The Women Adding Value in the Economy (WAVE) scheme also helped tackle the underlying issues that contribute to gender pay inequalities in Wales.  The WAVE team at Cardiff University worked directly with willing and committed large employers to analyse gender pay gaps and offer advice on action – this enabled them to produce a Gender Employment and Pay Analysis Method (GEPA).  Based on detailed workforce and pay analysis, three large employers embarked on extensive change management programmes covering over 23,000 employees.  The WAVE project cost £4.9m, with £3.2m of this invested from the European Social Fund.

In addition to these schemes, all EU funded projects needed to address equality issues (gender, Welsh language, etc) when delivering their schemes. Women also benefited from many employment and skills schemes including the Welsh Government’s All Wales Apprenticeships and Traineeships schemes.

Building on these achievements, the new round of programmes (2014-2020) are continuing to invest in skills to improve people’s prospects of career progression and higher earnings, as well as promoting gender equality in the workplace.

Investments announced include £8.5m of EU funds for Chwarae Teg's Agile Nation 2 scheme, to help address gender imbalance in the work force.  The scheme is supporting women in work to develop their careers by delivering accredited leadership qualifications and mentoring, and will support businesses to implement equality strategies and modern working practices. Agile Nation 2 will work with over 2,000 participants, of which 75% are expected to gain a qualification and 40% to gain improved jobs prospects. The project will also support 400 employers to adopt or improve their equality and diversity strategies and monitoring systems.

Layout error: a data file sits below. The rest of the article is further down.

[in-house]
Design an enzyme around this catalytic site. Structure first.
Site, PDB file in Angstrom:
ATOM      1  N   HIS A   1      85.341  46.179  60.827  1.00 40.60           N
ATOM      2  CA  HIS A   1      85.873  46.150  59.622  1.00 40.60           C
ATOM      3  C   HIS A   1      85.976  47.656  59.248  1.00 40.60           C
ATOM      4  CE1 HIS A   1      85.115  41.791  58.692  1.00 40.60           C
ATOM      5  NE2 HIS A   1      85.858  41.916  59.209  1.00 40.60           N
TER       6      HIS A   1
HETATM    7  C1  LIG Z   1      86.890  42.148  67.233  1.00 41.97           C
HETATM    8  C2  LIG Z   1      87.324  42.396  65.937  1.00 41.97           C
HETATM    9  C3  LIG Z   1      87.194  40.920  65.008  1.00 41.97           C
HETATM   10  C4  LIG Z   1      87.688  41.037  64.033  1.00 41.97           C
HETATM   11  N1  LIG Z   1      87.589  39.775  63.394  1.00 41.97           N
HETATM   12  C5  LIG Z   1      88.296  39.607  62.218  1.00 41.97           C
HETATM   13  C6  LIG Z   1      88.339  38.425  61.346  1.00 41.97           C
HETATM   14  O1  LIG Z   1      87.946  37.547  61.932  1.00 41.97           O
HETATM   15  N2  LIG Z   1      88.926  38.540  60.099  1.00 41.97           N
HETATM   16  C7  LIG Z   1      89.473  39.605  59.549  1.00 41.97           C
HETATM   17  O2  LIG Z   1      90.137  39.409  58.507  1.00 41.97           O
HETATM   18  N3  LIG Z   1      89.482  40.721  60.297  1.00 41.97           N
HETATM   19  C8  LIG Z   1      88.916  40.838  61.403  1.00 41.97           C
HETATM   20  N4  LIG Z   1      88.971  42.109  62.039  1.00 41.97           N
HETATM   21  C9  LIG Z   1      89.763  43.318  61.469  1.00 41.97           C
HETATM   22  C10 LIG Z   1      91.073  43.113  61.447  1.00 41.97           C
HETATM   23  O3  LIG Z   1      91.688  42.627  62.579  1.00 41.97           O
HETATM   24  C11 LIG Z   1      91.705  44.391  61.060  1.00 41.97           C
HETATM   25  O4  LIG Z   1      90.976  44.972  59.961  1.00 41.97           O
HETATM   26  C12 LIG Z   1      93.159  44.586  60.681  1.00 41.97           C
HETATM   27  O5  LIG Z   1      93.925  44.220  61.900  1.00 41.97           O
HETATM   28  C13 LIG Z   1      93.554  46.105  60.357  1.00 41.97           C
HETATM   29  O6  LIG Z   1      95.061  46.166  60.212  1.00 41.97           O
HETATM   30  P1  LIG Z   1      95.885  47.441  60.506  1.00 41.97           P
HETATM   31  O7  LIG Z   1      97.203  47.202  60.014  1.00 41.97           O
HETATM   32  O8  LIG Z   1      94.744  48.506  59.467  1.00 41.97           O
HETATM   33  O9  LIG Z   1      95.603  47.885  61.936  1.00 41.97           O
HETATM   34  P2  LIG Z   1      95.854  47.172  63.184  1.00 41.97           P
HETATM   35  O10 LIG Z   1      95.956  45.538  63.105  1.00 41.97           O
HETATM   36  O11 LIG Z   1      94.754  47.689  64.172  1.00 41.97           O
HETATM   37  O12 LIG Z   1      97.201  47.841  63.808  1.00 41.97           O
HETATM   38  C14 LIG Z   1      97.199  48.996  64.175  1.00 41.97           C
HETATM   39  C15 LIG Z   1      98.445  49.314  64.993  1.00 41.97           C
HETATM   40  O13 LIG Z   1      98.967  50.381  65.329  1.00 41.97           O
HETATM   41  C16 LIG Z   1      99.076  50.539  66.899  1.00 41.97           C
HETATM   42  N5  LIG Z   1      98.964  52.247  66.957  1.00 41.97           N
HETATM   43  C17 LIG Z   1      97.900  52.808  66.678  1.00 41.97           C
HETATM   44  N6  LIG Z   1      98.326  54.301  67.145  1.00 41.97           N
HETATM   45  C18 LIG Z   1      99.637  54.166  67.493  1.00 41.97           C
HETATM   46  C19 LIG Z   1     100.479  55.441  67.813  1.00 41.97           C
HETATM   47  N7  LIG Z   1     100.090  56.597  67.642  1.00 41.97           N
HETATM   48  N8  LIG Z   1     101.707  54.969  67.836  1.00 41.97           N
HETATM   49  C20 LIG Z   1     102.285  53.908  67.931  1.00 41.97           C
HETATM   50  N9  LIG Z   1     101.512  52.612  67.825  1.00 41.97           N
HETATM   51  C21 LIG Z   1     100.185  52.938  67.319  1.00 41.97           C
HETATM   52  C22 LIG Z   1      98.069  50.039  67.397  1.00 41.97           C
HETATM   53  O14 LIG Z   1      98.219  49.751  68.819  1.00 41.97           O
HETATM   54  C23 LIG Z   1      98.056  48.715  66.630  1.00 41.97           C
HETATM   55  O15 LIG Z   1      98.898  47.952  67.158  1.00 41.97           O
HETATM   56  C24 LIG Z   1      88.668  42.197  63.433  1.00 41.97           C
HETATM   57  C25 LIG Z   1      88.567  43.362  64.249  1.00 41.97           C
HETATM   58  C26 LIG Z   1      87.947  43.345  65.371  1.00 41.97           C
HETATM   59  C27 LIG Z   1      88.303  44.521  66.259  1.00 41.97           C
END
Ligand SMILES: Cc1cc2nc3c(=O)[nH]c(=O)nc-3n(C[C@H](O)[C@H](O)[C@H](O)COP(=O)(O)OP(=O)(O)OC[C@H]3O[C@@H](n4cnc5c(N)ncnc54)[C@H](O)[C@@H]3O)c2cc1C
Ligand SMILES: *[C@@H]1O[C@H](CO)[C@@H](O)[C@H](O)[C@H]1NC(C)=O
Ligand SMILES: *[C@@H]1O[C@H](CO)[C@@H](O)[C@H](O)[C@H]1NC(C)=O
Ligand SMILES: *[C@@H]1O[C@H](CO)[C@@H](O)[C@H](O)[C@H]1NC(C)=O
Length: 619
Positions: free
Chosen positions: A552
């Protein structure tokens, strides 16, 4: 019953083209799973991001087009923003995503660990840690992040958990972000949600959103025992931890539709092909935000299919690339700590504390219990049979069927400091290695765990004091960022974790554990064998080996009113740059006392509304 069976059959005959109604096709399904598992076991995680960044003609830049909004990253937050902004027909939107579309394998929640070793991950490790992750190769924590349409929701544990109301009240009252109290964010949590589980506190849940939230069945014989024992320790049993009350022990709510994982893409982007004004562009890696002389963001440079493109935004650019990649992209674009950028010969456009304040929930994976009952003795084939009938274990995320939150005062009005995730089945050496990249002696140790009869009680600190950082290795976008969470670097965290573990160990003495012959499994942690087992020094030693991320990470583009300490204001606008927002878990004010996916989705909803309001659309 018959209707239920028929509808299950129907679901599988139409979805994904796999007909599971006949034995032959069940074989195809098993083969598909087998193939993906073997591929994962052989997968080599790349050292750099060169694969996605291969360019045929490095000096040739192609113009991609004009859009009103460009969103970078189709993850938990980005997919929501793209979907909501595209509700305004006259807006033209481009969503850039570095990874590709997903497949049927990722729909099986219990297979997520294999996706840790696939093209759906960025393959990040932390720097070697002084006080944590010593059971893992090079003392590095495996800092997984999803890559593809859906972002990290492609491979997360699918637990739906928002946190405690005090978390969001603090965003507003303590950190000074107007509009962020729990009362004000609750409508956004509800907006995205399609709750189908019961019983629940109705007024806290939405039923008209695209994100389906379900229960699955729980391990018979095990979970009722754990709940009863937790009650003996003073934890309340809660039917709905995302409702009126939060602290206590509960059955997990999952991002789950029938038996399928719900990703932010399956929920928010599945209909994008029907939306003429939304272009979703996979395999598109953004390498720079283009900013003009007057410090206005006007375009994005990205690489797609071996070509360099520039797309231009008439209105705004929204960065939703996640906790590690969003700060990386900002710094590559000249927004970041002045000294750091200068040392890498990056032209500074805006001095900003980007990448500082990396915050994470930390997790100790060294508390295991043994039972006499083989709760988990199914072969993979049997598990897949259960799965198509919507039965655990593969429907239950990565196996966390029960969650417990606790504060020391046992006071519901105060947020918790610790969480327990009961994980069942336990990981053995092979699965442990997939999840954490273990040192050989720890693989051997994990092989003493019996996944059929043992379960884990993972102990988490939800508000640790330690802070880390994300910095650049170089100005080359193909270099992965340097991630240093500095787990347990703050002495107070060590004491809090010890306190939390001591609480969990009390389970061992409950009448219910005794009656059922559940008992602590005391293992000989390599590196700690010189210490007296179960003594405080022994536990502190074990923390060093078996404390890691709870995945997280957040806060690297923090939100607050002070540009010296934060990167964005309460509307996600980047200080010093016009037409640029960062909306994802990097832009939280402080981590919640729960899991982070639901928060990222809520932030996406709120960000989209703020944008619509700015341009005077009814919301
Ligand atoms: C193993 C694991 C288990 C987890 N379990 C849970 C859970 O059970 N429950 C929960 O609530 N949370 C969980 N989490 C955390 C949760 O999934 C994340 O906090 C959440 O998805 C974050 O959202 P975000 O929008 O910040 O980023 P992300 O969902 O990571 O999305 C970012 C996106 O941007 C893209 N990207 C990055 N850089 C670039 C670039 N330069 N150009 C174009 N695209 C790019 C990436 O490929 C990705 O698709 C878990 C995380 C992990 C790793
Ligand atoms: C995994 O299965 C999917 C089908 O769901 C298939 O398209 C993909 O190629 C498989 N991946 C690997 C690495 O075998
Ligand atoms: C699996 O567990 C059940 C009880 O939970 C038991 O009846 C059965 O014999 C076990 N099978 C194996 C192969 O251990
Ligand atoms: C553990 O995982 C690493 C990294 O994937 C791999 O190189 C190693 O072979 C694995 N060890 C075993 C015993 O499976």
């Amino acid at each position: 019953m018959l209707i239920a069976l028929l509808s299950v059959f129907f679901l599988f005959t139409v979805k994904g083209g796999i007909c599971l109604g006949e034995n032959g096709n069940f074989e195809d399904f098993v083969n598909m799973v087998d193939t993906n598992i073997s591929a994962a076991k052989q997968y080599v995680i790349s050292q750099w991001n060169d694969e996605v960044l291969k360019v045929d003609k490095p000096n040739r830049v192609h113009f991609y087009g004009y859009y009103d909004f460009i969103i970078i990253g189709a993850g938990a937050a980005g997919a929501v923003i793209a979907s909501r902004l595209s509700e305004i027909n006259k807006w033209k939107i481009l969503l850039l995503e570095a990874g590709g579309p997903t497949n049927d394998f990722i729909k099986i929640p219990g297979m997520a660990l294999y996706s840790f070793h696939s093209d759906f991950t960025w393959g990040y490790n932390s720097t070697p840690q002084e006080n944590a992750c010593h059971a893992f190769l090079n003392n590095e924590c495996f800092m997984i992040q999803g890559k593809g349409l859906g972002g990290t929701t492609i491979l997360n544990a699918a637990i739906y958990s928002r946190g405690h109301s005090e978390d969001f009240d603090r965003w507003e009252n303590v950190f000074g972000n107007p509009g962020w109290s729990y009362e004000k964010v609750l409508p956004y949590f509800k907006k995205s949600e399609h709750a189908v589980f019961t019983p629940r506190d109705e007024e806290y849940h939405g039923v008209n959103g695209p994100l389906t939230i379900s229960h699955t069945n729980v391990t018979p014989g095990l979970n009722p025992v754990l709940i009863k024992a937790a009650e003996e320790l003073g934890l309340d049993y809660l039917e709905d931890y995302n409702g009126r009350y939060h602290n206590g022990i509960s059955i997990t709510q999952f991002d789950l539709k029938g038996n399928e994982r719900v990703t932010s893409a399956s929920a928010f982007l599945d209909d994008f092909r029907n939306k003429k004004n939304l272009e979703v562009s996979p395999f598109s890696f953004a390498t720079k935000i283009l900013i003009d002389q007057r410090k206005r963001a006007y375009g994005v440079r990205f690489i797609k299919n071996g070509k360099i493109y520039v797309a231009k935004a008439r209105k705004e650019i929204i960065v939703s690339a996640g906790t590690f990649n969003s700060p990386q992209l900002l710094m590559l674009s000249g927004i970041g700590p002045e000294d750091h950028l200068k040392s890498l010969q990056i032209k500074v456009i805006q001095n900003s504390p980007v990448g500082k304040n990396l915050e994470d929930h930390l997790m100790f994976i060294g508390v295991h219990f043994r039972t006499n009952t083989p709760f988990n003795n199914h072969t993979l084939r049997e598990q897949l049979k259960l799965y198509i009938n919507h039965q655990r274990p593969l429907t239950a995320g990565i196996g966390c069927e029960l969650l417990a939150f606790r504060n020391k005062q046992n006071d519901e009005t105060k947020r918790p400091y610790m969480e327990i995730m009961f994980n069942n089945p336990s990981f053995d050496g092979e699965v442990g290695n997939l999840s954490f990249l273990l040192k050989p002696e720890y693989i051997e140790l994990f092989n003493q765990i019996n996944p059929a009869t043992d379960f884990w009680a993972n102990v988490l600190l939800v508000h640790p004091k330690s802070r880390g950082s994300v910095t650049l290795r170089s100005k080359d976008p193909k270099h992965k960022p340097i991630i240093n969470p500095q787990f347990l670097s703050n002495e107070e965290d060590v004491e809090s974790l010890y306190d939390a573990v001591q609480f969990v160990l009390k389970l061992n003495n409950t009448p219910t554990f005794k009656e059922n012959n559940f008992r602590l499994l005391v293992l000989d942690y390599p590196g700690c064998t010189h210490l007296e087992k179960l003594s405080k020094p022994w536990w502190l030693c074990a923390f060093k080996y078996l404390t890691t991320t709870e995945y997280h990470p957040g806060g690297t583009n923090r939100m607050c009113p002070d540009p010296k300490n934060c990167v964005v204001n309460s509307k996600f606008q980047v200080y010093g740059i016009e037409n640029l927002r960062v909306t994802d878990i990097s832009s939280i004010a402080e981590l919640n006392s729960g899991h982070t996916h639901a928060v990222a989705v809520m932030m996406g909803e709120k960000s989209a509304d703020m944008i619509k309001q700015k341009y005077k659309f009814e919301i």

Other investments include £1.7m of EU funds for STEM Cymru 2, which will support nearly 5,000 young people in secondary education (11-19 years) to increase their participation and attainment in STEM subjects. STEM Cymru 2 will encourage more young women to progress into engineering careers - nearly 57% (2,830) of participants will be female. In many of these activities, young people will work in project teams to address engineering problems and build key work skills demanded by employers. In the sixth form strand, teams will work with industrial mentors to develop practical solutions to challenges faced by host companies in the key Advanced Manufacturing sector, with some solutions being taken right through to implementation by companies.

Also, £6.8m of EU funds and £4.1m of Welsh Government funds for the Parent, Childcare and Employment scheme, will help unemployed parents into work or training by helping them with childcare costs. The scheme is being delivered across each Local Authority in Wales and is expected to help 6,400 economically inactive parents (male and female), aged over 25, into work or training.  Parents will receive individualised help via a Parent Employment Adviser in their local community.  The Welsh Government worked with the DWP to develop the programme and DWP have responsibility for employing the Parent Employment Advisers.